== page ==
Eve’s conflict over creating Adam is also fascinating, particularly as she’s playing the God role while Aislin, playing that of the devil, hovers over her shoulder urging her to ignore her natural desire for balance and to embrace what’s effectively a sort of creative hedonism. “Everyone should have flaws,” thinks Eve. “Isn’t that what makes us interesting?” Aislin, on the other hand, thinks that it’s inevitable that Eve should seek out perfection in her creation, after all, she does as much when she’s contemplating guys to date. As she continues her work, Eve begins to appreciate the challenge of creation:
“I could make him reckless and bold. He might die younger. He might be a criminal. He might be a great creative mind. This is not the simple, fun artwork of making a face and a body…this isn’t as simple as it looks.”
Interestingly, her creation is done beneath the shadow of Terra, who’s almost frighteningly goddess-like (and I do love that the creators in this book, as alluded to by the book’s title, are female). Whatever creative affordances Eve has in her little lab, they’re nothing compared with those of Terra. Her name’s evocative enough, but the fact that she’s a billionaire who has no concept of money works as a parallel to some sort of supreme being with infinite resources at their fingertips. However, as we did in Frankenstein we learn that there are vast differences between the different types of creation, and the relationships that arise between the different types of creator-maker binaries. Is it possible to love something that has been constructed? Or to be truly loved by something you’ve created naturally?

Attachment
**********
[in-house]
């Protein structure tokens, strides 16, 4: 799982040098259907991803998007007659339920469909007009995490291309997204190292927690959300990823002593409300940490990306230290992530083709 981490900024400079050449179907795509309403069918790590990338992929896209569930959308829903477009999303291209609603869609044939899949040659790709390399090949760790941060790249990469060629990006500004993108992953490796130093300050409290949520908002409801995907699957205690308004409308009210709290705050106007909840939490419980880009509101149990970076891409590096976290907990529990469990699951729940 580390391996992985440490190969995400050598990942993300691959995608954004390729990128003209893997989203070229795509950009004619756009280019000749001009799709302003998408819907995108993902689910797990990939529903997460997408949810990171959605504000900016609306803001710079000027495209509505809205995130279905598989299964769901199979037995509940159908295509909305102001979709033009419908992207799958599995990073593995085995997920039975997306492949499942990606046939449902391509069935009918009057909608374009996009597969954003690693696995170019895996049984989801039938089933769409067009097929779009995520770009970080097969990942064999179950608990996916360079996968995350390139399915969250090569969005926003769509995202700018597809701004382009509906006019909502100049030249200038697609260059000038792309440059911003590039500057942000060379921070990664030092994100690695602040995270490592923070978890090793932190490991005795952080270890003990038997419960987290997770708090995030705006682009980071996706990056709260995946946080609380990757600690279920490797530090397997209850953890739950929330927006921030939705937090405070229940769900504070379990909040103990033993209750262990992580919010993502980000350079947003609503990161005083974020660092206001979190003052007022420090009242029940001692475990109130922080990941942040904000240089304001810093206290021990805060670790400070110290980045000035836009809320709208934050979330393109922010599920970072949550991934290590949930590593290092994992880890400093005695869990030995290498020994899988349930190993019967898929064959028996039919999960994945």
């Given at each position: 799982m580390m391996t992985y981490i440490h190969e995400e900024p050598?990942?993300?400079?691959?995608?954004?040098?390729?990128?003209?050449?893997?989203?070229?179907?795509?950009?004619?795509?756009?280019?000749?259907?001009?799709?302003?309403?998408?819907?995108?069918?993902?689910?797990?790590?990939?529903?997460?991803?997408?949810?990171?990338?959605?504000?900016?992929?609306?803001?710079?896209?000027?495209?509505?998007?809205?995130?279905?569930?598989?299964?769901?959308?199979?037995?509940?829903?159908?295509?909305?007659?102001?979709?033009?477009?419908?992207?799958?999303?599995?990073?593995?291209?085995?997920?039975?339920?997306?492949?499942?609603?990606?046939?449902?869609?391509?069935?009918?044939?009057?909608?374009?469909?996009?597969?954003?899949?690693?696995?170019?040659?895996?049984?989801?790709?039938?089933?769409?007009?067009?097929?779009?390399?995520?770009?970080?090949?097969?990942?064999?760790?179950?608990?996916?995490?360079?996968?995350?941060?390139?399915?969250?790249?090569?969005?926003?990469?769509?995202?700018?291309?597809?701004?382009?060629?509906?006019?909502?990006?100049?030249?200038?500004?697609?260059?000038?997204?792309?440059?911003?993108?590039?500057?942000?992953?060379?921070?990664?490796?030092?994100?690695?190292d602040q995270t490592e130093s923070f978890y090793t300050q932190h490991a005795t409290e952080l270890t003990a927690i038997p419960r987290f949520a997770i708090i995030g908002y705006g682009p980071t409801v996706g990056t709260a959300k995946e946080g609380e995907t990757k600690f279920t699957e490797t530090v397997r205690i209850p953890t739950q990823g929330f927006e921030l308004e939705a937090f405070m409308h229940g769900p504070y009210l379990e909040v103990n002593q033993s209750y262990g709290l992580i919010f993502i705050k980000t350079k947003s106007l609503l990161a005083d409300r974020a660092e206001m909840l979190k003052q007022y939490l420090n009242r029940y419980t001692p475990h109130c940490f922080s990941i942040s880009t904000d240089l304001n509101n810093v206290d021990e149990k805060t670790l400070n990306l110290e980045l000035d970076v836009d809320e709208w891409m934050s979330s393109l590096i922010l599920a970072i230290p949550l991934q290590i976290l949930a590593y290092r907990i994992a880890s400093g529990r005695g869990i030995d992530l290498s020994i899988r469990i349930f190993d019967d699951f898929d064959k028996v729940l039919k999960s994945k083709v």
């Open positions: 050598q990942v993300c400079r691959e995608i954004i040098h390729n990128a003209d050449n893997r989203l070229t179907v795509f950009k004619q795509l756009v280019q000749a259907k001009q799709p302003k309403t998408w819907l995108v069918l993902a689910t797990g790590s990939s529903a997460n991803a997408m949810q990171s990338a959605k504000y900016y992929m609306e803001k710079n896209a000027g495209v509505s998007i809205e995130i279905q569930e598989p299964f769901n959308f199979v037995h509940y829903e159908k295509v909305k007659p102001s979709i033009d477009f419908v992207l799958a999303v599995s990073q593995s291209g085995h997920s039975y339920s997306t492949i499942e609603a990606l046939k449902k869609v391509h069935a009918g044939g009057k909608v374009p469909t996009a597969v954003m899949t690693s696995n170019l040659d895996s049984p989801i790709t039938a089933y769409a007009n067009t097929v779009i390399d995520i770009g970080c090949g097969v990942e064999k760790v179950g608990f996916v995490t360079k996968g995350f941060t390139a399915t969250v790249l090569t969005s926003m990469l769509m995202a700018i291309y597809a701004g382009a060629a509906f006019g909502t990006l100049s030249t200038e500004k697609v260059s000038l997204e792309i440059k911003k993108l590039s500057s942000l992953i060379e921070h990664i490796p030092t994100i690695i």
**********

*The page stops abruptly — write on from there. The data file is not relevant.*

When you reach the last page of Eve & Adam, it’s hard not to flick back to the first page and re-read Eve’s thoughts on dying:
“When you die…you should be thinking about love…you should not be thinking about an apple.”
With thanks to Hardie Grant Australia for the review copy